Mathematicians, of course, don't have this luxury. But we are conditioned to think, perhaps, that rational numbers are better than irrational ones, that algebraic numbers are better than transcendental ones (except maybe π and e), and so on. In my corner of mathematics (discrete probability/analysis of algorithms/combinatorics), often sequences of integers a(1), a(2), ... arise and you want to know approximately how large the nth term is. For example, the nth Fibonacci number is approximately φ

^{n}/5

^{1/2}, where φ = (1+5

^{1/2})/2 is the "golden ratio". The nth Catalan number (another sequence that arises often) is approximately 4

^{n}/(π n

^{3})

^{1/2}. In general, "many" sequences turn out to satisfy something like

a(n) ~ p q

^{n}(log n)

^{r}n

^{s}

where p, q, r, and s are constants. There are deep reasons for this that can't fully be explained in a blog post, but have to do with the fact that a(n) often has a generating function of a certain type. What's surprising is that while p and q are often irrational, r and s are

*almost never*irrational, at least for sequences that arise in the "real world". Furthermore, they usually tend to be "simple" rational numbers -- 3/2, not 26/17. If you told me some sequence of numbers grows like π

^{n}I'd be interested. If you told me some sequence of numbers grows like n

^{π}. I'd assume I misheard you. Of course, there's the possibility of sampling bias -- I think that the exponents tend to be rational because if they weren't rational I wouldn't know what to do! They do occur -- for example, consider the Hardy-Ramanujan asymptotic formula for the number of partitions p(n) of an integer n:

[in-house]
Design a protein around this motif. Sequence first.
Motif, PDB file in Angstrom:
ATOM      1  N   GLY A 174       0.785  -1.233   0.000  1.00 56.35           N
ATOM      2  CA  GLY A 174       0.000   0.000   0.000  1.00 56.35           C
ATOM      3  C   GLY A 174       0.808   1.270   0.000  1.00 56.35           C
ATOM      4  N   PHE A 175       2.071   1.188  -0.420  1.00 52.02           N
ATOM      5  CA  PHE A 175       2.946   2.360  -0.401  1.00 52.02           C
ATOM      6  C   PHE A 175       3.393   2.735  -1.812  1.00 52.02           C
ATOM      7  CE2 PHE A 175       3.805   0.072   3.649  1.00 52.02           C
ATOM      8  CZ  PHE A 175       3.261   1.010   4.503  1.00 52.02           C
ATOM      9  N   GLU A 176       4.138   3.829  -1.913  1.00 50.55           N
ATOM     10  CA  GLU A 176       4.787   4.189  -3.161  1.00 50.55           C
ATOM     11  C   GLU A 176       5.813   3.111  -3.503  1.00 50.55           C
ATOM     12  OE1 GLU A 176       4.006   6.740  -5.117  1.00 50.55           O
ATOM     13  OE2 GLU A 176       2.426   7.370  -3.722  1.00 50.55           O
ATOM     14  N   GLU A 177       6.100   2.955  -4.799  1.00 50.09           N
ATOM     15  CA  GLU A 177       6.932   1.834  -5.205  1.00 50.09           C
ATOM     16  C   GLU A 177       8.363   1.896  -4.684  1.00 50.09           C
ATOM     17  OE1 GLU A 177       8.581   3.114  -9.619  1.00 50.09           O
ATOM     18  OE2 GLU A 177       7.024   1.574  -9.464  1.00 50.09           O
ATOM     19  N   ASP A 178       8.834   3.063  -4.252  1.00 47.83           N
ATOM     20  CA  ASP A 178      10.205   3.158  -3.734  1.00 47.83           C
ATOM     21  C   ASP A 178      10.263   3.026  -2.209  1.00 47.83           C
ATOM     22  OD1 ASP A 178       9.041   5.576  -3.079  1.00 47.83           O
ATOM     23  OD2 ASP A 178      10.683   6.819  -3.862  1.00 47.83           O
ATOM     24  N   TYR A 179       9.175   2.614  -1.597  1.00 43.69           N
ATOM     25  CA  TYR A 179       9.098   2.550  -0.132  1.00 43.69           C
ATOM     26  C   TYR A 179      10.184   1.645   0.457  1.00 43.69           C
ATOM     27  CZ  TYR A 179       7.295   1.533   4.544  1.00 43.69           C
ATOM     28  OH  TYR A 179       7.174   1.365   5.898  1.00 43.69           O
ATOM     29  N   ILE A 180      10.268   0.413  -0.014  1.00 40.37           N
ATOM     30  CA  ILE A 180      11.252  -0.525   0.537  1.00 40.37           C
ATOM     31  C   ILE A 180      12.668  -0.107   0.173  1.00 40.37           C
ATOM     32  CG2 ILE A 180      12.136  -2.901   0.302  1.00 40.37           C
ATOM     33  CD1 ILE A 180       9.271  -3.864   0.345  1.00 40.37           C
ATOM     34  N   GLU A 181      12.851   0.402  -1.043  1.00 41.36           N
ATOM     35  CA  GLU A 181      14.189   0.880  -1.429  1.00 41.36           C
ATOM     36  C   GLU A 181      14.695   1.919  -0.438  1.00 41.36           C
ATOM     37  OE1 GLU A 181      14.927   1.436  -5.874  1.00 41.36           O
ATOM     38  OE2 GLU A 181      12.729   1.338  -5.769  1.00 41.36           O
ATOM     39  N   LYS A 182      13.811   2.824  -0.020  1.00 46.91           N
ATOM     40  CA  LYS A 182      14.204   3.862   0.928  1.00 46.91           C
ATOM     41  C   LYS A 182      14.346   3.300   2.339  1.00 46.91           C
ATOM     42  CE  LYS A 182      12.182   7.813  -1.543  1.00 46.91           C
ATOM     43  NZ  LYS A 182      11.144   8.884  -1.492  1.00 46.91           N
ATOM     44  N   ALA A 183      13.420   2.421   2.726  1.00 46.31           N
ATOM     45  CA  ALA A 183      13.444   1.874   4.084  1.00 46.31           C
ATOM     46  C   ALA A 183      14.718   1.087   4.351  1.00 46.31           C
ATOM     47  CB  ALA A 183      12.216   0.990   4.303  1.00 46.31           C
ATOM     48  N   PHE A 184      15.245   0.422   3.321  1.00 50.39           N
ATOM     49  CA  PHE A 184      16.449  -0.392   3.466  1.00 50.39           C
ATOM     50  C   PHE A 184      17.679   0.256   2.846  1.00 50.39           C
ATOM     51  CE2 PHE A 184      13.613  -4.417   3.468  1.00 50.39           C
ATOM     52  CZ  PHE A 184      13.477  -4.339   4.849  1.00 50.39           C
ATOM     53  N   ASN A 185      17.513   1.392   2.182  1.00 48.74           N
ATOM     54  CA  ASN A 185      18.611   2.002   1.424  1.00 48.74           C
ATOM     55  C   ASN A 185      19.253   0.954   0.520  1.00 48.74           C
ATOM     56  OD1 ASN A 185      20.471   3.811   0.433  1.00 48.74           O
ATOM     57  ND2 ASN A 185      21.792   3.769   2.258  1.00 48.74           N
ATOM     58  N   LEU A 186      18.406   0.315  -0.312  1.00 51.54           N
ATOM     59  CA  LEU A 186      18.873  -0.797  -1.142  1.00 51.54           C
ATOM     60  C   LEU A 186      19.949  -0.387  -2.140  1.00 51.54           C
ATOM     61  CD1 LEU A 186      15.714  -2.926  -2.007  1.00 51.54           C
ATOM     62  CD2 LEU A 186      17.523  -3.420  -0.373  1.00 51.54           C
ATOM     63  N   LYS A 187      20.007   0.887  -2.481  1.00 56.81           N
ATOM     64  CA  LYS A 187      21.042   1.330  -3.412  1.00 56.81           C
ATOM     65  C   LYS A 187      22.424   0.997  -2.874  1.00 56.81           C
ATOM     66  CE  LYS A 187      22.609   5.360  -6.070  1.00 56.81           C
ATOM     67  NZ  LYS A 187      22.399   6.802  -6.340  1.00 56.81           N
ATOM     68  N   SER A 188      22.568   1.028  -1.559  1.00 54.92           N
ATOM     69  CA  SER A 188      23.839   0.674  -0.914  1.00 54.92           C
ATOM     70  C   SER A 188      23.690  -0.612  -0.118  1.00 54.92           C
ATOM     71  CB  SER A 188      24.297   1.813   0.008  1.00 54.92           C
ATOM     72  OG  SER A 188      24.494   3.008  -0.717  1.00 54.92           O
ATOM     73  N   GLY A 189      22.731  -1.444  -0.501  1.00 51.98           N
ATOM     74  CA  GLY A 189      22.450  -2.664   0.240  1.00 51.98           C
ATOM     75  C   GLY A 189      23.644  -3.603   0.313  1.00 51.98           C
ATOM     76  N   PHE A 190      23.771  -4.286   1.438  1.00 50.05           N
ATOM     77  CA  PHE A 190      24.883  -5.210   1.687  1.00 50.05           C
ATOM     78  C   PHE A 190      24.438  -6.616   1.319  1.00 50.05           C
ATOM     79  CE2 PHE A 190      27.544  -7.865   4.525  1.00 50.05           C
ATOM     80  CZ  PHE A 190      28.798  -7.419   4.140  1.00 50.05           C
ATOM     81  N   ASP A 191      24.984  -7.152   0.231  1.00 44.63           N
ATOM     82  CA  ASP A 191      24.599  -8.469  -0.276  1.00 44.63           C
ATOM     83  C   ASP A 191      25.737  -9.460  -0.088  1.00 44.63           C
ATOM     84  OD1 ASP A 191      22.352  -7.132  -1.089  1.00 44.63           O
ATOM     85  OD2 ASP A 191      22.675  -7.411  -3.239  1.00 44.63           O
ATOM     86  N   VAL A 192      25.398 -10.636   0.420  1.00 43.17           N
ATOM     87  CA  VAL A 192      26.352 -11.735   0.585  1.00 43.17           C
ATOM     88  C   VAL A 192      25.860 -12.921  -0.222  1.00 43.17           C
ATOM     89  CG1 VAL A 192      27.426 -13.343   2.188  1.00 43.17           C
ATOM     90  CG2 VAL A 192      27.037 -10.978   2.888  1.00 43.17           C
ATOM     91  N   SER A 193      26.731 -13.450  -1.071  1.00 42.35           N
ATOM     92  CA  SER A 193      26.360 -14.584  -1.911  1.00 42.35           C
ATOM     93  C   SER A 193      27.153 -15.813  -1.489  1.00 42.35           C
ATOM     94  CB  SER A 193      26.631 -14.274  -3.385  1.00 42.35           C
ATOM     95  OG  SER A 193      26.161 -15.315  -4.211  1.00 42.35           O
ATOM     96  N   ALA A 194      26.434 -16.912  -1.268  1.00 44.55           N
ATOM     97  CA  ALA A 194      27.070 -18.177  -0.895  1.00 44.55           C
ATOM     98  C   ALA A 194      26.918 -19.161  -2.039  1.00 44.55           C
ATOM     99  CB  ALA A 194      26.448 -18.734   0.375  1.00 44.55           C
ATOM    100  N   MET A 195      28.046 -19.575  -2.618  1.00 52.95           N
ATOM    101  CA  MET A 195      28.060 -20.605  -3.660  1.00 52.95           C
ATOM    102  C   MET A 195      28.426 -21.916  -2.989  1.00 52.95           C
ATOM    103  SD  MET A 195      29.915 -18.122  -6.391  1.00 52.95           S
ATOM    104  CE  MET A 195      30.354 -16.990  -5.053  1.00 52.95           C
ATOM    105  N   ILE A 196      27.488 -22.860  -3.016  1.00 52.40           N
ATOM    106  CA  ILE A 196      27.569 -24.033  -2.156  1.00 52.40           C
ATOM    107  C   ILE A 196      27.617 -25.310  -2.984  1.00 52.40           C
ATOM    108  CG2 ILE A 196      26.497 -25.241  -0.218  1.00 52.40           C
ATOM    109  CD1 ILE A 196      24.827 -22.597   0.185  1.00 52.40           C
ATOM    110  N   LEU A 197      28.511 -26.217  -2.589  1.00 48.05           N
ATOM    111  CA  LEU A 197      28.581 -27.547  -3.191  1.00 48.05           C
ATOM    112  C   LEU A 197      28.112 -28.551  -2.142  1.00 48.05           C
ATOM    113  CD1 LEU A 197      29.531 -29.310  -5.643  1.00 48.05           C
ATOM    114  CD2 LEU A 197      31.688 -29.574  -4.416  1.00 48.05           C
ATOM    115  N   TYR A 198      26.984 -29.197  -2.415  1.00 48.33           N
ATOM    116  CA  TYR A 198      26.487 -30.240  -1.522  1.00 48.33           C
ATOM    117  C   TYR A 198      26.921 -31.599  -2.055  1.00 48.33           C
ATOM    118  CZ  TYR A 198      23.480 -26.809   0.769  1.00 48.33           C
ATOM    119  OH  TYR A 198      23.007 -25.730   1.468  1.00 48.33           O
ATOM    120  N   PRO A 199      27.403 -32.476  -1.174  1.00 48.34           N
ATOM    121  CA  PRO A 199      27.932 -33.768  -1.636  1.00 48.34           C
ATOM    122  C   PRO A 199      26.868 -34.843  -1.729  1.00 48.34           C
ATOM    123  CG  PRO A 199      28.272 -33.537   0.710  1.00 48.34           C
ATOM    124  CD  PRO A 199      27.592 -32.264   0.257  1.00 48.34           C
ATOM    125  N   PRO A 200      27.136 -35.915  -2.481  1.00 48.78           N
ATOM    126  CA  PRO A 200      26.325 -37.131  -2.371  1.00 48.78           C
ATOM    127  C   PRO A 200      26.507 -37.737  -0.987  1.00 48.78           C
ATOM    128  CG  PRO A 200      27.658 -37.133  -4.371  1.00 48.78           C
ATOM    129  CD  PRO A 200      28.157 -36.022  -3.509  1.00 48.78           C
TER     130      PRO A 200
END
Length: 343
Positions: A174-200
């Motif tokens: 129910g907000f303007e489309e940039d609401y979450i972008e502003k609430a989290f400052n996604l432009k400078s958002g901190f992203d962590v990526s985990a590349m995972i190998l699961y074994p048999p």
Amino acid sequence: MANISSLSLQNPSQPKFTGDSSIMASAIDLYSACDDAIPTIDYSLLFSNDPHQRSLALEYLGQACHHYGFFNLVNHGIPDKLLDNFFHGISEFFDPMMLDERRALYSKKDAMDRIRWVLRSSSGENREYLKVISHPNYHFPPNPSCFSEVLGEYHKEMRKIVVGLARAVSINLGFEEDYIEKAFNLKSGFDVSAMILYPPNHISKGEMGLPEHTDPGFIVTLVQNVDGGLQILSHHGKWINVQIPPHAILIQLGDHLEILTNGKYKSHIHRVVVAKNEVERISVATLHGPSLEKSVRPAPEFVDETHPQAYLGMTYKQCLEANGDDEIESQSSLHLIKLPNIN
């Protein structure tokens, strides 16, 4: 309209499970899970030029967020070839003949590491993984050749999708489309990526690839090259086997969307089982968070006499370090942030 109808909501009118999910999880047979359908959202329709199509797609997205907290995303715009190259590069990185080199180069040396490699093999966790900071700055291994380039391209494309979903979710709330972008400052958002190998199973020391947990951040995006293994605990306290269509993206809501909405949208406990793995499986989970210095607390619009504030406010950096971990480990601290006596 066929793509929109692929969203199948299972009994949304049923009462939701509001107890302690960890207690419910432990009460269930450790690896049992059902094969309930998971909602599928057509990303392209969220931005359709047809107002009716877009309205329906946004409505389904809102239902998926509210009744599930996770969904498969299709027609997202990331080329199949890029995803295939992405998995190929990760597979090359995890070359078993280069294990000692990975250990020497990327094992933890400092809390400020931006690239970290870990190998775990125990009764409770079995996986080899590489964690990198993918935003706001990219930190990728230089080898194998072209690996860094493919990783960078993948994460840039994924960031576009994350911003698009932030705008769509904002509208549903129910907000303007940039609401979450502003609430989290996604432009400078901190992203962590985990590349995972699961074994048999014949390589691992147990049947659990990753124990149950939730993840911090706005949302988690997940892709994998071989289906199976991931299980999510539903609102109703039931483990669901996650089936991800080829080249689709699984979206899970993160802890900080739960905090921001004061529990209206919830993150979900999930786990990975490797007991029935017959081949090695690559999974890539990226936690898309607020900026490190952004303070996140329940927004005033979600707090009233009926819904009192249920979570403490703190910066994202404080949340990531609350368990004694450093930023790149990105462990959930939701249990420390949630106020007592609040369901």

p(n) ~ exp(π (2n/3)

^{1/2})/(4n √3)).

I know this exists, but it still just looks weird.

(This is an extended version of a comment I left at Uncertain principles.)

## 2 comments:

If you sum a multiplicative function f(n) over integers up to N, then assuming it is such that f(n) doesn't grow faster than a power of n (e.g., typically, if f is bounded on primes, and polynomially bounded on prime powers in terms of the exponent of the prime), then the typical asymptotic will be

cN(log N)^{r-1}

where r is the average value of f restricted to primes. This can be quite arbitrary (in my recent post

http://blogs.ethz.ch/kowalski/2009/02/28/a-beautiful-analogy-2/

there is a case where it is is used with r ranging over the whole unit circle...)

I have always been fascinated whenever numbers greater than 1 show up (which, in my current fields of interest, is infrequent). One of the memorable instances I recall was in the proof in Rudin's book of the polynomial approximation theorem for continuous functions on compact sets which are holomorphic in the interior, where even 10,000 came up.

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